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Great expectations - review of three film versions.

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Introduction: In my English lessons I have been reading great expectations as part of my pro 1914-prose study, and have chosen to do my media assignment on film adaptations of the book. I will be comparing and contrasting the three film versions, David Leans 1945 film is the eldest version which is in black and white, the BBC serialisation and the latest BBC film version, and the original novel. I will structure my essay by writing about different areas of the adaptations e.g. soundtrack, first with similarities then differences between the versions. Sequencing: The sequencing of the opening scene of great expectations adaptations are all quite similar except the latest BBC adaptation, the David Lean and BBC serialisation have the same sequencing, book so it is unlike the 2 other film versions. The David Lean film and BBC serialisation have the sequencing almost of the book so tell the story in the same way as Charles Dickens did. While the David lean version is more compact due to time limitations and the BBC serialisations has more detail they both tell the same set of events in the same way. And only differ from the book in the very beginning where they show Pip the central character in the book running across the marshes to the church, where the book starts in the churchyard. ...read more.


Then the convict turns him upside down a lot of rustling and jingling from the convict's chain on his leg. The convict then demands items from Pip in the following dialogue while eating an apple and breathing heavily. At the end of the scene where Pip is running home across the marshes, the whistling winds from the graveyard are heard again. The arrival of the Convict in BBC serialisation soundtrack is different to the David Lean version you hear Pip trip and as he gets he catches sight of the convict and takes a surprised breath. The convict then moves toward him you can hear the chain on his leg jingle with every step he takes, he then talks to Pip. He shakes Pip lot's of jingling and grunting, when he resumes dialogue with Pip he is eating a piece of bread. Just before the end of the scene the convict threats Pip speaking in a whisper, then walks of to bouncy music with his chain jingling. The Convict is introduced in the latest BBC version soundtrack by Pip falling with a thud, trying to hide breathing deeply. The Convict catches up breathing heavily and his chain jingling with his footsteps, as the Convict finds Pip, Pip lets out a scream then the convict say's a short amount of dialogue. ...read more.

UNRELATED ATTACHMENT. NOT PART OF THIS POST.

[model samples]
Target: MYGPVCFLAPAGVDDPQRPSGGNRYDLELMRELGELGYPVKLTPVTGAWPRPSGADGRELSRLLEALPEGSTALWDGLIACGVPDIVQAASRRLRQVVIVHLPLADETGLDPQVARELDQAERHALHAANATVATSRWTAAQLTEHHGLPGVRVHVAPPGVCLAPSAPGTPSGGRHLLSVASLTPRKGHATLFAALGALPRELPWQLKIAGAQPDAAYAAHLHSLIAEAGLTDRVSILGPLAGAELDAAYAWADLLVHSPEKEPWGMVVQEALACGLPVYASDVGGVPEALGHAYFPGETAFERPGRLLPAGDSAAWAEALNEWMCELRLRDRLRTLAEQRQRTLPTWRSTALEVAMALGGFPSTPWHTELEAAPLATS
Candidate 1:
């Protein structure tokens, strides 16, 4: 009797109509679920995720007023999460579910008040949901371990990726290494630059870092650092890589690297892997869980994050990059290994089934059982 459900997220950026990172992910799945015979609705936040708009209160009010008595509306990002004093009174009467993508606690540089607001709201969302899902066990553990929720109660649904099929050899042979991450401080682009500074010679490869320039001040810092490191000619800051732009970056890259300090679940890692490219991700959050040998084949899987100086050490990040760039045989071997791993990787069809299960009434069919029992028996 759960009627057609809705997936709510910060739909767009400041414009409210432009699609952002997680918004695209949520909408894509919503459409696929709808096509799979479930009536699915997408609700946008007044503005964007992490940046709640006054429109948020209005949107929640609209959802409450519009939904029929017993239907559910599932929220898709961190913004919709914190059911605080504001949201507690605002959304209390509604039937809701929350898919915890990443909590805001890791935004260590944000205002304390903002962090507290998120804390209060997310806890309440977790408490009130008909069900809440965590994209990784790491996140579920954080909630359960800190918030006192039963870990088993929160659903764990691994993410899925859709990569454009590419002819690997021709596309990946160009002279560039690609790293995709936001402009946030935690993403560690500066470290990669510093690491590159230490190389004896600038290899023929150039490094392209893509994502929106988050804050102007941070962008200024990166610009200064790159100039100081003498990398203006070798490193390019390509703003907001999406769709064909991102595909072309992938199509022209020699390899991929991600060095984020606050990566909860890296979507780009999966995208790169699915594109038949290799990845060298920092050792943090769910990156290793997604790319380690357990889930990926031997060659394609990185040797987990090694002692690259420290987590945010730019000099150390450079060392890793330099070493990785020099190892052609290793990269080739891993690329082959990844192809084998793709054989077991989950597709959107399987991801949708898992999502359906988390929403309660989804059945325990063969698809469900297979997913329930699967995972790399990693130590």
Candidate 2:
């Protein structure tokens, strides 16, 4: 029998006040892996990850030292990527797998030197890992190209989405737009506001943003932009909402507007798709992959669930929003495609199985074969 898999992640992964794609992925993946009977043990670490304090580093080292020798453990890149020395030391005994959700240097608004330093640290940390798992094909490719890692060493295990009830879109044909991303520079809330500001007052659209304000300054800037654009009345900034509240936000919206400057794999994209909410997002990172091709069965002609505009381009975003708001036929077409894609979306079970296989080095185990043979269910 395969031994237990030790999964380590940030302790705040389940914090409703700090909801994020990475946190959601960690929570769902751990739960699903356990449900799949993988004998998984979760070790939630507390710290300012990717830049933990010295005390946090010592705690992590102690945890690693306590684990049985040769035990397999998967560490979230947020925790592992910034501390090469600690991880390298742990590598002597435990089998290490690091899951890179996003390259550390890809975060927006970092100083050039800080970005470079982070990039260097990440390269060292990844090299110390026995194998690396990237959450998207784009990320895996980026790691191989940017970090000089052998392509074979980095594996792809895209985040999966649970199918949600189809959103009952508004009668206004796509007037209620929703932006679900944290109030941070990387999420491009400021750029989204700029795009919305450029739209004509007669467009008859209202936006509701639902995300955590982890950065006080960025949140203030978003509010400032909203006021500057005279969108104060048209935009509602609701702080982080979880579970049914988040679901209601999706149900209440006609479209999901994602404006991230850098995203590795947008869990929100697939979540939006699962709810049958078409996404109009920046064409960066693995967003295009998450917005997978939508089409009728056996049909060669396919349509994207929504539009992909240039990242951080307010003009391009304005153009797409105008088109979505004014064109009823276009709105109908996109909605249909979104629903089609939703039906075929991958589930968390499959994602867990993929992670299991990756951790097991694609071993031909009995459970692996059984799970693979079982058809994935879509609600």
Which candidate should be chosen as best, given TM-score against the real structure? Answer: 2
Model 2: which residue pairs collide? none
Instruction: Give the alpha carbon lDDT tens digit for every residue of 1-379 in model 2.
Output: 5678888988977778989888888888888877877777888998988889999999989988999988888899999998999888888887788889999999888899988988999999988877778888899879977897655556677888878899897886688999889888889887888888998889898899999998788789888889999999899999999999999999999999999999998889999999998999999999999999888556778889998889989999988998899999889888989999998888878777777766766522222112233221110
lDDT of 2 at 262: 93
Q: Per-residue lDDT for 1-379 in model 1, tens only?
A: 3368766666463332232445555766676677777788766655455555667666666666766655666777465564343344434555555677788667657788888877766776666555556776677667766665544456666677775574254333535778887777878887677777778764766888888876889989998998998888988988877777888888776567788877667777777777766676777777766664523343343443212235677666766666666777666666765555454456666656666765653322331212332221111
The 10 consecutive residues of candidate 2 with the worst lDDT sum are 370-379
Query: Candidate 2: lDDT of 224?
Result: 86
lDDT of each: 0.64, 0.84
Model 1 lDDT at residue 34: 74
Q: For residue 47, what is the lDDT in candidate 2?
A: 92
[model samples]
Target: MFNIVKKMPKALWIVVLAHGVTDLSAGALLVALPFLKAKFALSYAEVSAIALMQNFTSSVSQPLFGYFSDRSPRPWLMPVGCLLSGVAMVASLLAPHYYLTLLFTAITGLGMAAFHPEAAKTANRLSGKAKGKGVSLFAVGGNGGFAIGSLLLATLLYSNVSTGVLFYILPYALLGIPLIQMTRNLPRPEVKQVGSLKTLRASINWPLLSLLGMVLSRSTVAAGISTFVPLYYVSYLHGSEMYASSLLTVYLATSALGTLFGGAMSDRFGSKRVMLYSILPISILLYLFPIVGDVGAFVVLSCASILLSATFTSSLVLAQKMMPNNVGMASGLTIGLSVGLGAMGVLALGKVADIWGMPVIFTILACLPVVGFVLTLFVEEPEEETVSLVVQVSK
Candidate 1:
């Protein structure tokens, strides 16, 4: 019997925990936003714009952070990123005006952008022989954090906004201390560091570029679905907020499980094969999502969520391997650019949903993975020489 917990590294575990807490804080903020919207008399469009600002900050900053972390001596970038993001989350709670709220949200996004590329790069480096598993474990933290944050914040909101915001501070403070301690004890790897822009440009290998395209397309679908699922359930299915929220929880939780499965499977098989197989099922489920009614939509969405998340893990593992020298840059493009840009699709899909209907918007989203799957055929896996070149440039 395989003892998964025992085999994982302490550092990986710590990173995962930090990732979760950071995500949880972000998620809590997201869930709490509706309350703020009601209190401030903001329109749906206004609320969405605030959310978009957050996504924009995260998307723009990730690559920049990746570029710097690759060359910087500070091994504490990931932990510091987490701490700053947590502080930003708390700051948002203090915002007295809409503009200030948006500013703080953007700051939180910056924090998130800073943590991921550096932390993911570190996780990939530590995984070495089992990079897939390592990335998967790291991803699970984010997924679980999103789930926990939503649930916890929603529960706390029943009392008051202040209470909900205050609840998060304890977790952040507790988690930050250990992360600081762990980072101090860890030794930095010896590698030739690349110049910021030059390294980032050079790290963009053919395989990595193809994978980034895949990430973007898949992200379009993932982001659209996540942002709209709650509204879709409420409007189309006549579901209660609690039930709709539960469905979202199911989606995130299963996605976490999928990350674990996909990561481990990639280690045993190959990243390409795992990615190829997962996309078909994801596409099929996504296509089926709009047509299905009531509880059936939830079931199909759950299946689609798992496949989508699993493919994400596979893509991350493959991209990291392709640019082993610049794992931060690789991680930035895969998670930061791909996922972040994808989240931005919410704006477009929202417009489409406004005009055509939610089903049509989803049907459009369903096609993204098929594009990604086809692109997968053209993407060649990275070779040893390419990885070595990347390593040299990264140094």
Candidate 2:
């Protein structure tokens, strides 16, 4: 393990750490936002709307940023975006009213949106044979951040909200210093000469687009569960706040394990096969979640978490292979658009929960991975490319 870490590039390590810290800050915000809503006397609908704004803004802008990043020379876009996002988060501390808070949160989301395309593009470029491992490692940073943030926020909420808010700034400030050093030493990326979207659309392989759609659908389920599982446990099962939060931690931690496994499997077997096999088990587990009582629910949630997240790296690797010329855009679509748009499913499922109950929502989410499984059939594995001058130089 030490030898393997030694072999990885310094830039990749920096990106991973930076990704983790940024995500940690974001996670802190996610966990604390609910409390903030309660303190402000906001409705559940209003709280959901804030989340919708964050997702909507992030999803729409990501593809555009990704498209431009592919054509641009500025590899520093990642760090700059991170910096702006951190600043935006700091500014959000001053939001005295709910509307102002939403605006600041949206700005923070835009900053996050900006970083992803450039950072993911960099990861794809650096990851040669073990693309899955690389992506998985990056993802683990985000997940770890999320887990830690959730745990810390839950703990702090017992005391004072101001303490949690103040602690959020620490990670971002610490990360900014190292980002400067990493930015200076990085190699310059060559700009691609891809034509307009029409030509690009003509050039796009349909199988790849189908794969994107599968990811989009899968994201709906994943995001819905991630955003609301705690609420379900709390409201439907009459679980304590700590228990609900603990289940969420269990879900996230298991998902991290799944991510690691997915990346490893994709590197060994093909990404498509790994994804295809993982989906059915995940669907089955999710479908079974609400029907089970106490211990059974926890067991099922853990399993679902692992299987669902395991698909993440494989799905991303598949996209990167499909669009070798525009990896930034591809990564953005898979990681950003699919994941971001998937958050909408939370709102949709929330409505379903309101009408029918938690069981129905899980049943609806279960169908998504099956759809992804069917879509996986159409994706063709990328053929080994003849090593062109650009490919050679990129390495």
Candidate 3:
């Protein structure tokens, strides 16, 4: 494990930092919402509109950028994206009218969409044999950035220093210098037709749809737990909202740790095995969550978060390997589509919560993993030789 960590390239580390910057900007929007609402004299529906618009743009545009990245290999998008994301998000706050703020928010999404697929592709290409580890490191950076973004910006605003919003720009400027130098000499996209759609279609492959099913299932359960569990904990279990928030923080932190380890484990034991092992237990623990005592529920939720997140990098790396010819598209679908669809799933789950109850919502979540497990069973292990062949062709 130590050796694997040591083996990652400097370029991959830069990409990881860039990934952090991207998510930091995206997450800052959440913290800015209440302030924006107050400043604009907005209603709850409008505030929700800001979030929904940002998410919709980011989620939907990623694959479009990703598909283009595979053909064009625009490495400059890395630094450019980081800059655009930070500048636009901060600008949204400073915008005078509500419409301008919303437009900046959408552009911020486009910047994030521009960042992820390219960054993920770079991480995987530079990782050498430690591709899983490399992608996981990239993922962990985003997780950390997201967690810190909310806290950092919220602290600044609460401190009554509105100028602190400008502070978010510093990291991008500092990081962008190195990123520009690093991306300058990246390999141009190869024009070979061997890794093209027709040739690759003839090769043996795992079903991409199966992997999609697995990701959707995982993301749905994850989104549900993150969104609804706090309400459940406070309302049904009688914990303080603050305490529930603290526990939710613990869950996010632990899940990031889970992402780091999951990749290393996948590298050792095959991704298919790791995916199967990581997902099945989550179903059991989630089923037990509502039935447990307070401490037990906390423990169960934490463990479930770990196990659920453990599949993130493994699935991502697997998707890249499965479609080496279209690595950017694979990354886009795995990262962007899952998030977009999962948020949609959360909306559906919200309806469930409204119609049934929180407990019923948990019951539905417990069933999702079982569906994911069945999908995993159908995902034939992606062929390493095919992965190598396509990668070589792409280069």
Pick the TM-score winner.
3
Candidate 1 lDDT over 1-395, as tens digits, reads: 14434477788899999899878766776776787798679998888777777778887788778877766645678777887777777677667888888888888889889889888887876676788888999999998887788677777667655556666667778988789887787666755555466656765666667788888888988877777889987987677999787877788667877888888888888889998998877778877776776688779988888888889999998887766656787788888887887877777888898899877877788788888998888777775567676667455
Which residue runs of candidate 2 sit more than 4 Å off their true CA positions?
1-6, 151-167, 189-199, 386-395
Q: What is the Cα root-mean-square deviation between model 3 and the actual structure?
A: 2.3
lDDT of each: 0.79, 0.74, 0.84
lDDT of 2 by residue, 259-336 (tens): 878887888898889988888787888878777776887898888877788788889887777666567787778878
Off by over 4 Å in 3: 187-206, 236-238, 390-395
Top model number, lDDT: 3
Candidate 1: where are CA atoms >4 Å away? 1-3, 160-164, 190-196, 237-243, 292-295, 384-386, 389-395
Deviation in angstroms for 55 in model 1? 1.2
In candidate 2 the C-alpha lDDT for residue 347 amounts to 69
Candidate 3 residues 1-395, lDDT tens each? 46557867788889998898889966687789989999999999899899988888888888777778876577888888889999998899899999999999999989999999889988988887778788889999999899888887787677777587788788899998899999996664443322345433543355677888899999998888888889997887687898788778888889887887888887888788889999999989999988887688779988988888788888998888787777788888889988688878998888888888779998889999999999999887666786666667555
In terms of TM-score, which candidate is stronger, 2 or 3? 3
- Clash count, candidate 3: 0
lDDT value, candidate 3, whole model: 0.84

The appearance of the Convict is very similar in all three versions, which hold true to the book description ' A fearful man, all in course grey, with a great iron on his leg'. The David Lean version while holding true to the book description but makes the Convict more frightening to the audience than the other two versions, as it is limited to black and white to make an impact. The BBC serialisation shows the convict more as a worn out exhausted figure that is more likely to make audiences fell sorry for him than be frightened. He is truer to the description laid down in the book than the other to versions down the blackened face and rag tied around his head. The Convict in the latest BBC version is a cross between the two other versions he is more frightening in appearance than the BBC serialisation Convict, but less true to the books description and more detailed than the David Lean versions Convict. Conclusion: After watching and reviewing all three-film adaptations, I have decided in my opinion that the BBC serialisation is the best adaptation of the book. Because of the level of detail that tells the story as well and in the same fashion that made the book such a large success, I find it an excellent alternative or compliment to reading the novel. Adam Ali Great Expectation Page 1 07/05/2007 ...read more.

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